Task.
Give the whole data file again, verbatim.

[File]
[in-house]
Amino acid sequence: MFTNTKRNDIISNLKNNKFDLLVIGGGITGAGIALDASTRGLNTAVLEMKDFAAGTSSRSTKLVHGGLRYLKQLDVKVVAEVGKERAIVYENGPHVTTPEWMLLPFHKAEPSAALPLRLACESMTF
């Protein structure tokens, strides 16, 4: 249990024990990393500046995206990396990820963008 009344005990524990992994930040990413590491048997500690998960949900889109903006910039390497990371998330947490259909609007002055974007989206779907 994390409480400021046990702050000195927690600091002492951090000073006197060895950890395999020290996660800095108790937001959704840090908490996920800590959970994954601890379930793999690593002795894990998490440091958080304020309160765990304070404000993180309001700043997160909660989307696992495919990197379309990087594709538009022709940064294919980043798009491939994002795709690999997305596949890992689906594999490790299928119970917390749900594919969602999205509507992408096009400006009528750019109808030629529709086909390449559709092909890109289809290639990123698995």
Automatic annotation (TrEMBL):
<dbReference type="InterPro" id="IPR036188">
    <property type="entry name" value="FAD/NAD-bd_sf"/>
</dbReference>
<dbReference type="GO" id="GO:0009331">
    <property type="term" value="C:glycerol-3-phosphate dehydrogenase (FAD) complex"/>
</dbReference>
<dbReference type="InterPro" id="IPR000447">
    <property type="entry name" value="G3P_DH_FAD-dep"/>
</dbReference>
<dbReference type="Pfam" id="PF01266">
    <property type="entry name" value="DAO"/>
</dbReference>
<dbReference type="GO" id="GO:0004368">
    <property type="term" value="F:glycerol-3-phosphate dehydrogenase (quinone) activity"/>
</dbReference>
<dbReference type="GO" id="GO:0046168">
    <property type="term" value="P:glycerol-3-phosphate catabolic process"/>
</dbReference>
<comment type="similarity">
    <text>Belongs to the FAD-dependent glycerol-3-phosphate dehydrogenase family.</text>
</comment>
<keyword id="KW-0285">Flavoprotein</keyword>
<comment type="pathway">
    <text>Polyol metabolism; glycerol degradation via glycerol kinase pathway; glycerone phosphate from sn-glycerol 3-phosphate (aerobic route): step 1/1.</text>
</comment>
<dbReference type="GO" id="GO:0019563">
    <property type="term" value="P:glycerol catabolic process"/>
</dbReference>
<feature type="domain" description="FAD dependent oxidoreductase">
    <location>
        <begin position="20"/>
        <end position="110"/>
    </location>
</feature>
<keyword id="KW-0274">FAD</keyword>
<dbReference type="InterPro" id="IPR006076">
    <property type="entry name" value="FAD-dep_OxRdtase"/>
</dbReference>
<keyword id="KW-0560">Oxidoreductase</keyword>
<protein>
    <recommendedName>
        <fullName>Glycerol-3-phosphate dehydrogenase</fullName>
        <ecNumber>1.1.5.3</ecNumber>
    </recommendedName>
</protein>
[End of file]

[in-house]
Amino acid sequence: MFTNTKRNDIISNLKNNKFDLLVIGGGITGAGIALDASTRGLNTAVLEMKDFAAGTSSRSTKLVHGGLRYLKQLDVKVVAEVGKERAIVYENGPHVTTPEWMLLPFHKAEPSAALPLRLACESMTF
């Protein structure tokens, strides 16, 4: 249990024990990393500046995206990396990820963008 009344005990524990992994930040990413590491048997500690998960949900889109903006910039390497990371998330947490259909609007002055974007989206779907 994390409480400021046990702050000195927690600091002492951090000073006197060895950890395999020290996660800095108790937001959704840090908490996920800590959970994954601890379930793999690593002795894990998490440091958080304020309160765990304070404000993180309001700043997160909660989307696992495919990197379309990087594709538009022709940064294919980043798009491939994002795709690999997305596949890992689906594999490790299928119970917390749900594919969602999205509507992408096009400006009528750019109808030629529709086909390449559709092909890109289809290639990123698995």
Automatic annotation (TrEMBL):
<dbReference type="InterPro" id="IPR036188">
    <property type="entry name" value="FAD/NAD-bd_sf"/>
</dbReference>
<dbReference type="GO" id="GO:0009331">
    <property type="term" value="C:glycerol-3-phosphate dehydrogenase (FAD) complex"/>
</dbReference>
<dbReference type="InterPro" id="IPR000447">
    <property type="entry name" value="G3P_DH_FAD-dep"/>
</dbReference>
<dbReference type="Pfam" id="PF01266">
    <property type="entry name" value="DAO"/>
</dbReference>
<dbReference type="GO" id="GO:0004368">
    <property type="term" value="F:glycerol-3-phosphate dehydrogenase (quinone) activity"/>
</dbReference>
<dbReference type="GO" id="GO:0046168">
    <property type="term" value="P:glycerol-3-phosphate catabolic process"/>
</dbReference>
<comment type="similarity">
    <text>Belongs to the FAD-dependent glycerol-3-phosphate dehydrogenase family.</text>
</comment>
<keyword id="KW-0285">Flavoprotein</keyword>
<comment type="pathway">
    <text>Polyol metabolism; glycerol degradation via glycerol kinase pathway; glycerone phosphate from sn-glycerol 3-phosphate (aerobic route): step 1/1.</text>
</comment>
<dbReference type="GO" id="GO:0019563">
    <property type="term" value="P:glycerol catabolic process"/>
</dbReference>
<feature type="domain" description="FAD dependent oxidoreductase">
    <location>
        <begin position="20"/>
        <end position="110"/>
    </location>
</feature>
<keyword id="KW-0274">FAD</keyword>
<dbReference type="InterPro" id="IPR006076">
    <property type="entry name" value="FAD-dep_OxRdtase"/>
</dbReference>
<keyword id="KW-0560">Oxidoreductase</keyword>
<protein>
    <recommendedName>
        <fullName>Glycerol-3-phosphate dehydrogenase</fullName>
        <ecNumber>1.1.5.3</ecNumber>
    </recommendedName>
</protein>